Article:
NEW ORLEANS — The current tactic of moving storm water out of the city as quickly as possible needs to change, and now is the time to change it, according to three experts who spoke at a workshop Wednesday devoted to exploring how other U.S. cities are turning water challenges into water assets.
The workshop was the first in a series of five focused on strategies in urban water management hosted by the Greater New Orleans Foundation in partnership with the Urban Institute and more than 30 other organizations.
New Orleans wasn’t always a below sea-level bowl, said Mark Davis, director of the Institute on Water Resources Law and Policy at the Tulane University Law School.
“We built the bowl,” Davis said, by drawing too much water out of the city. “Every new pump structure creates tomorrow’s subsidence and tomorrow’s risk,” he said.
“When a city is in a bowl, water management is flood protection,” said Jeff Thomas, principal of Thomas Strategies, LLC and a lawyer in New Orleans.
Thomas described storm water management, and drainage, as the third line of defense, behind levees, the second, and coastal restoration, the first. Allowing water to be absorbed into the spongy ground mitigates subsidence, he said.
Flooding caused by rain is a different beast from storm surge, Thomas said, and is particularly important in the third-rainiest city in the country.
“We have to see a shift in the way New Orleans approaches water management,” Davis said.
Davis also noted that water management is intrinsically linked to flood insurance rates, a battle underway as residents face the prospect of a hike in the federal program’s rates.
Davis also stressed the linkage between prosperity and proximity to water, as cities and states facing water shortages battle over the country’s system of rivers, including the Mississippi. In terms of conserving existing water supplies, he said, “storm water is a great place to start.”
While the Netherlands is hailed as the world’s expert, mirroring their system can be a “paralyzing” prospect, Thomas said. A better approach is to be incremental about improvements, he said.
Borrowing from other U.S. cities also provides a better model for funding projects, he said.
A national perspective was brought to the conversation by Noah Garrison, an attorney for the Natural Resources Defense Council.
New Orleans has unique and increased challenges, but Garrison said many of the fundamental issues are the same for other cities.
Garrison showed images of the change in urban landscapes over time from green space to impervious paved surfaces, leaving water with nowhere to go but downhill and into surrounding bodies of water, often carrying pollutants with it.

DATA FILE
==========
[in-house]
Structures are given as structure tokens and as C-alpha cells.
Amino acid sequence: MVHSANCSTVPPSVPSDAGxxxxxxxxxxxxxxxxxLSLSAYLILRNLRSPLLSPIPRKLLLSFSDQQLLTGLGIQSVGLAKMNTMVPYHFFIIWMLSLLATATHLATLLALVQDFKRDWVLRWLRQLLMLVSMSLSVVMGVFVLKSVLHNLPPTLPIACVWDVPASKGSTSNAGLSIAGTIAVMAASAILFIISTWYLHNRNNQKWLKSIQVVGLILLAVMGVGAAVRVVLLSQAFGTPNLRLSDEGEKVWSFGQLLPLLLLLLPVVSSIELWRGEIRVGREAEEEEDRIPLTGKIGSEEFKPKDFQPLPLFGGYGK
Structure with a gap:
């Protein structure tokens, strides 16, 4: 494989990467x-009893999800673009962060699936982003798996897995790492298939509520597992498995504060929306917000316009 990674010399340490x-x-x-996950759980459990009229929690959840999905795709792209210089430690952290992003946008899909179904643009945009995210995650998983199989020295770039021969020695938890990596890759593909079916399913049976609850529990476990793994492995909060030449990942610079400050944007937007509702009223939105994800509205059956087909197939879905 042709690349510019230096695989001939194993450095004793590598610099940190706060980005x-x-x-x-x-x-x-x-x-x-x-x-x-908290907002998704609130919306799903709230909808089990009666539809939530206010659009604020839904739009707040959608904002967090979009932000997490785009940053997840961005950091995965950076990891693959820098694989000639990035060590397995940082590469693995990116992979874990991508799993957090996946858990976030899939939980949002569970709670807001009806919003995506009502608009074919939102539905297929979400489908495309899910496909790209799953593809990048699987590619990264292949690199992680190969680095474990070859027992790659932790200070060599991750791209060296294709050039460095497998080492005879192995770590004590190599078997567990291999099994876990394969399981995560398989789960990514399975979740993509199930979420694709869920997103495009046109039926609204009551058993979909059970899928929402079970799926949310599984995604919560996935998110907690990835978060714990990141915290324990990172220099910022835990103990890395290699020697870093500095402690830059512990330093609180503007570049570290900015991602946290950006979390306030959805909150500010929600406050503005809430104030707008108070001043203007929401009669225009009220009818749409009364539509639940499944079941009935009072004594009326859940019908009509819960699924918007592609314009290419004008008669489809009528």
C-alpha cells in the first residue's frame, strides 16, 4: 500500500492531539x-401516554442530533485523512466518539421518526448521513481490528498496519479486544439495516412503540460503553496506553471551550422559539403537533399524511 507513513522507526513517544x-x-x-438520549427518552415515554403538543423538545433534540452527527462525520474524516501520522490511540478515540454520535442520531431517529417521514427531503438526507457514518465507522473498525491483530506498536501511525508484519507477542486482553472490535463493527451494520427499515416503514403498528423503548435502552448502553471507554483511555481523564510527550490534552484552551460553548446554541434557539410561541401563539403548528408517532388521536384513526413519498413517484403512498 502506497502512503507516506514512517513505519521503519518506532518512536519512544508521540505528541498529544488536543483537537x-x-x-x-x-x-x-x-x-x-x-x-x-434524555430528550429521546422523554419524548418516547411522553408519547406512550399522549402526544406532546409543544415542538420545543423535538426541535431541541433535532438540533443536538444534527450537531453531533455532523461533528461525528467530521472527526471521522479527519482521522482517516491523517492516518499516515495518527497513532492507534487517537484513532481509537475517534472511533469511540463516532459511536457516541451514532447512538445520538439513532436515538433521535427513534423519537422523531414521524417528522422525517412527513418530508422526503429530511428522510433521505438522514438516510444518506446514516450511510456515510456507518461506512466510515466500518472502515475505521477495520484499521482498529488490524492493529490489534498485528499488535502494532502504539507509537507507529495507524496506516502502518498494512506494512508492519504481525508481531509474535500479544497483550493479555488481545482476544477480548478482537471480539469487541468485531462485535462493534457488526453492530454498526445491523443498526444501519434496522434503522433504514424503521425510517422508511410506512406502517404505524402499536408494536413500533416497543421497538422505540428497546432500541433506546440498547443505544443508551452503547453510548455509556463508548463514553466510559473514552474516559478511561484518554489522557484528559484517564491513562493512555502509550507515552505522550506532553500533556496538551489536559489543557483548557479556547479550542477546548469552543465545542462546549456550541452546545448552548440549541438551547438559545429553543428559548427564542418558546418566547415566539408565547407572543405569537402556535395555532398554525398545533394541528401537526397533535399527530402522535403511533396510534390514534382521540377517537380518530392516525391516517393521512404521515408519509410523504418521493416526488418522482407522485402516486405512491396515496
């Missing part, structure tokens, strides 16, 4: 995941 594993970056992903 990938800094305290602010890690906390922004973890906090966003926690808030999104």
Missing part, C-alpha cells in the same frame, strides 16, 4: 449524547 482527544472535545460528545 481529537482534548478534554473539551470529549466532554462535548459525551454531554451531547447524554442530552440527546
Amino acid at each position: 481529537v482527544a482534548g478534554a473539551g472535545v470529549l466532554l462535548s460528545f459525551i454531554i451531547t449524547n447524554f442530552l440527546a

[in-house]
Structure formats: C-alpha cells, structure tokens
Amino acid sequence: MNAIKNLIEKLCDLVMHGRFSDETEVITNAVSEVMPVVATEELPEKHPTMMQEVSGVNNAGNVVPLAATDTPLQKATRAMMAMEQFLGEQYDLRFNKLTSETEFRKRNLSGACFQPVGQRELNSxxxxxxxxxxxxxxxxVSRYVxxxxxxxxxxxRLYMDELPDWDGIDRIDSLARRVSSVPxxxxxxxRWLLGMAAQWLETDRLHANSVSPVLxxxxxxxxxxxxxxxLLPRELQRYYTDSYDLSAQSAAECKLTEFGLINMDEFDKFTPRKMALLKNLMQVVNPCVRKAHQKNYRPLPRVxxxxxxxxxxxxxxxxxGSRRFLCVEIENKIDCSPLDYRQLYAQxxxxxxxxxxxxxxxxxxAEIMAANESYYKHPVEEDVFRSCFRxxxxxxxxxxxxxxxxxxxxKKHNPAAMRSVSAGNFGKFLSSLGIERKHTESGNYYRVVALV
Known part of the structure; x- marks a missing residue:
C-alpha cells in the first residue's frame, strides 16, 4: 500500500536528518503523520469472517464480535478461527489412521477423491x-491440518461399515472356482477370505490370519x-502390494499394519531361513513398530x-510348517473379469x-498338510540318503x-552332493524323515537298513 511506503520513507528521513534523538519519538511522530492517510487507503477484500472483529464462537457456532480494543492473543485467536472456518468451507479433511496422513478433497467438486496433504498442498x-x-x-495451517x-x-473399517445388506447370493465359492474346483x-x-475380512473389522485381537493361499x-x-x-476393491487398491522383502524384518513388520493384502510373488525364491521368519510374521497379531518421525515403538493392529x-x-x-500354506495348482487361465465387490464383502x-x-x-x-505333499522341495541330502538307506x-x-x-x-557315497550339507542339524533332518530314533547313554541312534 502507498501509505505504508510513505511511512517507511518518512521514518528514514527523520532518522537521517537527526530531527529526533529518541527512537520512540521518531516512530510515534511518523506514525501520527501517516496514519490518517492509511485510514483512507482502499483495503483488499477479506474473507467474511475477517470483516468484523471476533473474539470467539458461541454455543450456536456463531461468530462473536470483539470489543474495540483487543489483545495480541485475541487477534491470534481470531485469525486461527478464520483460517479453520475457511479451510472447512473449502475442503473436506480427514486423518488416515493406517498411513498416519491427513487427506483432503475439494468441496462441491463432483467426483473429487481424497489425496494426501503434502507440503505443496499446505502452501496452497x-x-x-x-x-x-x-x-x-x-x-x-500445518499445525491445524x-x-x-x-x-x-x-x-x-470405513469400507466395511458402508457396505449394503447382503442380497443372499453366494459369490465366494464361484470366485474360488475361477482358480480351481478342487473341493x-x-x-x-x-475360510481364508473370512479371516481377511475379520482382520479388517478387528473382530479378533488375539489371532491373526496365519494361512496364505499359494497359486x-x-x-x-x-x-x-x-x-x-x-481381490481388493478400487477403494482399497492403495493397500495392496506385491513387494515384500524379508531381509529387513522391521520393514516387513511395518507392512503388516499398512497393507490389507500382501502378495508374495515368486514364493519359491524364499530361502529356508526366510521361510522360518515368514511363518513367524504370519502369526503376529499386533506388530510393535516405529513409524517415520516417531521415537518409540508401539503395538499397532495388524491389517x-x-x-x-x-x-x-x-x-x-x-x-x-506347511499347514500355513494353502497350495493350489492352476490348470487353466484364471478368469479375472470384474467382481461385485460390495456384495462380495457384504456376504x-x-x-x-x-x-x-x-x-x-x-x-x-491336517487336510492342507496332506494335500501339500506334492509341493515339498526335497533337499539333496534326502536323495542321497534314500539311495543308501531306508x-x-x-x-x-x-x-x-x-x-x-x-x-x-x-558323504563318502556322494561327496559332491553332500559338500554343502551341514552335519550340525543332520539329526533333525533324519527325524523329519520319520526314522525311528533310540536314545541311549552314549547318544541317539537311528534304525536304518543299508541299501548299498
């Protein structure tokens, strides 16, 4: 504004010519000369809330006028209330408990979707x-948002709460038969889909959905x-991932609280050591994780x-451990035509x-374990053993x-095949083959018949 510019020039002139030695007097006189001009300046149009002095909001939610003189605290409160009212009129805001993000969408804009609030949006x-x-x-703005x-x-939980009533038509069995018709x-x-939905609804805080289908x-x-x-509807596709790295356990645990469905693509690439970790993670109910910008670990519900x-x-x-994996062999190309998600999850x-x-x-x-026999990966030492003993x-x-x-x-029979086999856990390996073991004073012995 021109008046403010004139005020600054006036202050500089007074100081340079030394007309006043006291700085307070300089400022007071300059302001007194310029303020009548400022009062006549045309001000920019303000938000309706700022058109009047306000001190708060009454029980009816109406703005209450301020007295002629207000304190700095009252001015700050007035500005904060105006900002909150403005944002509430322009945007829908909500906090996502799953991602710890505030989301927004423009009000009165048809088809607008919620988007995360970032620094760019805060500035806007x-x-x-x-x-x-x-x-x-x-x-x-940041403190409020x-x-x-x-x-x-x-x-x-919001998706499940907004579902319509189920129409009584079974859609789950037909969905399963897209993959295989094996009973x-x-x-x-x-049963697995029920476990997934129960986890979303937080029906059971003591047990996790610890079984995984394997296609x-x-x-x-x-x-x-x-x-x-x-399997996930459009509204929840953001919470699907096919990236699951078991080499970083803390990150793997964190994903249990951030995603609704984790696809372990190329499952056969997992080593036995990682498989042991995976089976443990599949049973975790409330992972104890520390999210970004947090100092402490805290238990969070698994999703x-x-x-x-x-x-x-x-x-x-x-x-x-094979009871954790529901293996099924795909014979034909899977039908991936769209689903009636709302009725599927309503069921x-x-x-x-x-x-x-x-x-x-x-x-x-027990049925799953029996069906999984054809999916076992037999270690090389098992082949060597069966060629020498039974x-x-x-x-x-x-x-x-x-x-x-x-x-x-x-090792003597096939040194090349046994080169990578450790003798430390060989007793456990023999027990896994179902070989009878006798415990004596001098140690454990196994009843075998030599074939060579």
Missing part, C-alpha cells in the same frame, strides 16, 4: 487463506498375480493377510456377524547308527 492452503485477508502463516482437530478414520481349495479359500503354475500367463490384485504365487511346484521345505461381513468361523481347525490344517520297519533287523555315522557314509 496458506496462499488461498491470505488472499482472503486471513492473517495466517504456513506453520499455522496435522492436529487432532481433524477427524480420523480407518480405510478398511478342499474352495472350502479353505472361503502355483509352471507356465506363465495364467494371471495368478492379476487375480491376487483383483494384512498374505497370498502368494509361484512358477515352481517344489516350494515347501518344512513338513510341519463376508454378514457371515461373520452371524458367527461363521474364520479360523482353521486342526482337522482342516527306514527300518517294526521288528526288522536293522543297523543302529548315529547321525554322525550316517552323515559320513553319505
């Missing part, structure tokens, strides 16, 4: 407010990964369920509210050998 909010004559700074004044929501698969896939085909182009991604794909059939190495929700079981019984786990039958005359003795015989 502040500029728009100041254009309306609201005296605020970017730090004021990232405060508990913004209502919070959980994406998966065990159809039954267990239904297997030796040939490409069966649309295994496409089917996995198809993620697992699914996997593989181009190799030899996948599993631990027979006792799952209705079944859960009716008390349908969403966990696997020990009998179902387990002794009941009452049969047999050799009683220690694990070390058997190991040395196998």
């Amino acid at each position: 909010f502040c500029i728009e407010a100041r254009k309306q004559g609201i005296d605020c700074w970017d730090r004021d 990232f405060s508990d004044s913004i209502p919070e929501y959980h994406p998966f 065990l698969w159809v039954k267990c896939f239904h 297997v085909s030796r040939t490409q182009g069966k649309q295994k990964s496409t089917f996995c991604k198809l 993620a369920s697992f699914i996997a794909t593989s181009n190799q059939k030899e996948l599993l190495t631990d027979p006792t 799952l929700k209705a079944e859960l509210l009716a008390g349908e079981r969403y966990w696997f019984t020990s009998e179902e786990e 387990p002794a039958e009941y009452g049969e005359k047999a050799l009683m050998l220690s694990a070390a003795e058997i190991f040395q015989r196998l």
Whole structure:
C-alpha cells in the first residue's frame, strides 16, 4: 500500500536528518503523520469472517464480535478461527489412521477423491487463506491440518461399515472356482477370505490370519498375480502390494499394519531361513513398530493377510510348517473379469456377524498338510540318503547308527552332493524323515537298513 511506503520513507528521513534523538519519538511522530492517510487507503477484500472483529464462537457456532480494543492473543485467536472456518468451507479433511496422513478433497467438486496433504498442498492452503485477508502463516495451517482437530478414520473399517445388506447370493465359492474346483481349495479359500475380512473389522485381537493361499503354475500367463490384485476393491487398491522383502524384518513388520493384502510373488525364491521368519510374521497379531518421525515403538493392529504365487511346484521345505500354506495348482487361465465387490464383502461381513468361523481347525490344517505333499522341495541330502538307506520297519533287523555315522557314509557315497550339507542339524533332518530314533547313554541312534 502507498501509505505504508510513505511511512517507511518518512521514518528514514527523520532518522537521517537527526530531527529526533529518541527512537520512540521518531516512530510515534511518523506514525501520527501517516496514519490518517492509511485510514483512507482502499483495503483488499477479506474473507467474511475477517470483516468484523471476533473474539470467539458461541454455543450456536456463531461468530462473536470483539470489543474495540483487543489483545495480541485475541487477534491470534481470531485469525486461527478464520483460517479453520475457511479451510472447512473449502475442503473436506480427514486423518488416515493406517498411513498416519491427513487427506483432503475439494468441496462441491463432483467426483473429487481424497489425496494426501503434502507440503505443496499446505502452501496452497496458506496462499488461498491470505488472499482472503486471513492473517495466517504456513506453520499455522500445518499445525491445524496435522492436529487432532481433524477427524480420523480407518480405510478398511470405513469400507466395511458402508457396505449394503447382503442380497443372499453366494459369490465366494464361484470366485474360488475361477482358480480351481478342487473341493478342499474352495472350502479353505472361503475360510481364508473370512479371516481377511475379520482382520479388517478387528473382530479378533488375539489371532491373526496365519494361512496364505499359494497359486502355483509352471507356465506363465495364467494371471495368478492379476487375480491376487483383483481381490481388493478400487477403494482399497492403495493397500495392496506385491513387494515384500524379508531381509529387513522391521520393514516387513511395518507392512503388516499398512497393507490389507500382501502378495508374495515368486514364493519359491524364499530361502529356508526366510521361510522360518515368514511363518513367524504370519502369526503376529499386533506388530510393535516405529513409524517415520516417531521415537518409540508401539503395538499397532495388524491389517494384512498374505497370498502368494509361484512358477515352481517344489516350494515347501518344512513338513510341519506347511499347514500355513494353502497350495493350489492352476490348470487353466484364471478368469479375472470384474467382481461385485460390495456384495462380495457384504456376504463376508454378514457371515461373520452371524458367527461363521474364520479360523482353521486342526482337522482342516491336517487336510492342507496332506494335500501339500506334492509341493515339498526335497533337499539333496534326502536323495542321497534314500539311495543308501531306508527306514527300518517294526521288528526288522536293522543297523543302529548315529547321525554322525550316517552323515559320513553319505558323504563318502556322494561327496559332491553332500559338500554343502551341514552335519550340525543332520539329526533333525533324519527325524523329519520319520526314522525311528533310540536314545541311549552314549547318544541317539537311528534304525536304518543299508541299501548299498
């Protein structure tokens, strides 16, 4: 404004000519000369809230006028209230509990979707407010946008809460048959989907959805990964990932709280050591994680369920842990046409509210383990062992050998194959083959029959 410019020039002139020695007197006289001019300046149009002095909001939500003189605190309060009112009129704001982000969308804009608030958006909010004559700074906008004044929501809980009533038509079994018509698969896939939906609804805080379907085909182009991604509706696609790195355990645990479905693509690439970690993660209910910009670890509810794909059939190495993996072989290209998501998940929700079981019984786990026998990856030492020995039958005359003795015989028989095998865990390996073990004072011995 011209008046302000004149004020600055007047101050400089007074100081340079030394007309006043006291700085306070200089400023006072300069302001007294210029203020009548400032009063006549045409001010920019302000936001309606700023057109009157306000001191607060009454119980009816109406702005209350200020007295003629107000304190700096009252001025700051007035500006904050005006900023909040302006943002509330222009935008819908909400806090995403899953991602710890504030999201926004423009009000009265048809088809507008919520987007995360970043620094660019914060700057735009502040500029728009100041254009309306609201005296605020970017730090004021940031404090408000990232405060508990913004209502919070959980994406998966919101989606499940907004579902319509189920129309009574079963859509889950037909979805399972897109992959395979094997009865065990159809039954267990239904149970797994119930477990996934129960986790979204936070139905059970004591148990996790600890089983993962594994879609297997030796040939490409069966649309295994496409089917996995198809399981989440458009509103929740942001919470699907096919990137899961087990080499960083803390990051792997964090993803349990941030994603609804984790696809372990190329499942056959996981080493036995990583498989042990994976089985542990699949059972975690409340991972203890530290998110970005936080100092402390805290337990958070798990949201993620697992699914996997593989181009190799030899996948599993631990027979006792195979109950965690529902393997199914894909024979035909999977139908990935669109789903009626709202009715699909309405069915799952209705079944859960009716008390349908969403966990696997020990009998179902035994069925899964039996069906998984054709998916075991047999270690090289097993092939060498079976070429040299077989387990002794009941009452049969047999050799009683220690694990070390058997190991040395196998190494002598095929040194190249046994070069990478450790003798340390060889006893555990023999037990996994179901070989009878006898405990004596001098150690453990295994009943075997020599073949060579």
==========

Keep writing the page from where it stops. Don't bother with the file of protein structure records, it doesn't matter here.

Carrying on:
Green infrastructure and low-impact development works everywhere, he said.
Garrison showed pictures of roofs covered in a few inches of soil, grassy lawns and vegetation — an approach that not only absorbs and reduces runoff but also cuts energy costs for cooling the building beneath.
For cities facing shortages, retaining water can provide a backup water supply, Garrison said.
Thomas said the city should look at whether every viable public and private space is being enlisted to absorb water, hold water or at least direct it away from homes and businesses and slow it down before it enters the frequently overwhelmed drainage and pumping system.
As the neutral grounds of several major streets are currently under construction, Thomas said rebuilding them more as a basin than a dome would be an easy, and already funded, place to start.
Thomas said in his experience, FEMA and the Army Corps of Engineers have been willing and flexible when it comes to modifying projects, but the initiative has to come from the city.
During a question-and-answer period, Executive Director of the Sewerage and Water Board Marcia St. Martin spoke up when asked whether the city is being proactive in rebuilding better.
“We have asked, and the corps said yes,” she said, referring to neutral ground projects. “People will be pleased.’’
Garrison talked about ways other cities mandate and provide incentives for better practices, such as drainage fees and setting water retention standards for new developments.
“We have to become more purpose driven,’’ Davis said, and less driven by compliance. Current rules and regulations — many woefully outdated – don’t necessarily define wise choices, he said.
Many projects and innovative approaches can add aesthetic value, raise property values and create jobs, Thomas said.
“It’s time to put the sexy back in drainage,” Thomas said. “In a city in a bowl, we have no choice.”